Produced by Agustin Gagliardi at Argentina’s Gentil Cine (“Hace Mucho Que No Duermo”), Romain Bent at Paris-based Protest Studios (“Huit”) alongside France’s Frank Thoraval and Ricardo Gonçalves at Brazil’s Quadrophenia Films, the plot additionally explores the subtle comfort of clandestine and half-anonymous relations, as the protagonist slinks from one encounter to the next.

The fluidity of his trysts imparts an honest depiction of life without bounds and fleshes out Antonio’s idiosyncrasies, touching on relationships that have shaped his experience, those that have kept him from the trappings of traditional intimacy.

“The importance of creating a film focused on unconventional and unromantic dynamics lies in showcasing the diversity of human experiences and challenging established norms for romantic and conventional relationships. I aimed to explore how these dynamics can be simultaneously comforting, unsettling, and fascinating, and how they can serve as tools for coping with the lack of love and emotional connection at certain times in life,” Amaral explained.

“To ensure that these dynamics occupied a significant space on screen, I focused on developing my characters and their relationships authentically and comprehensively. I also made sure that these dynamics were organically integrated into the overall plot of the film, allowing them to occupy as much space as any other aspect of the story. Ultimately, my challenge was to present these dynamics free of preconceptions and prejudices, understanding that there is not only one way to relate or love, but several. Therefore, I gave space to other ways and explored different types of love, as I believe they are possible,” he concluded.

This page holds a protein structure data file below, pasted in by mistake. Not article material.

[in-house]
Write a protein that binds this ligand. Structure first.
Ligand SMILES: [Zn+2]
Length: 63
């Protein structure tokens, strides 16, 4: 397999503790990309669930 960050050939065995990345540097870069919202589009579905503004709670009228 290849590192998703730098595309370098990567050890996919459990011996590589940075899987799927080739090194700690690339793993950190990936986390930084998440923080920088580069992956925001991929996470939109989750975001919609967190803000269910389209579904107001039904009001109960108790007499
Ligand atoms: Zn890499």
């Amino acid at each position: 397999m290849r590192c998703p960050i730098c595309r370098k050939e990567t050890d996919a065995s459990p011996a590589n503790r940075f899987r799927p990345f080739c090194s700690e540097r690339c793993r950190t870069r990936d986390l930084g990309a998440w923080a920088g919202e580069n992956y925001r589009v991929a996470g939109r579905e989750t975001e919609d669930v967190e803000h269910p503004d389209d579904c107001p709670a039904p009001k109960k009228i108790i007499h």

The teaser opens on Antonio’s playful and vaguely tender yet atypical relationship with his mother, as they rest in her bed sharing a joint. Scenes then go on to glimpse, in quick succession, his unique brand of flexible sentiment. He cruises the concrete by motorbike and convenes with numerous willing and wanton acquaintances before the title appears boldly across the screen.

Katja Alemann (“La Última Mirada”), Sofía Palomino (“Los Del Suelo”), José Vicente Orozco (“Plurabelle”) and Anabella Bacigalupo (“Rice”) also star in this film depicting affection from the trenches, where the protagonist’s deep detachment is shot intimately.

Santa Distribución (“Pornomelancolía”) will release the film in Argentina.

“Bitter Gold”

In addition to latching on tight to “The Pleasure Is Mine” Spanou snapped-up rights to Chile’s “Bitter Gold,” (“Oro Amargo”), the second feature from director Juan Olea (“El Cordero”).

The film takes place in the Atacama desert, where Pacífico runs an underground mining endeavor. Establishing shots that paint sweeping and vast portraits of the desolate, unforgiving terrain come courtesy ofSergio Armstrong, who previously collaborated on Pablo Larraín titles “Ema,” “Neruda,” and “No.”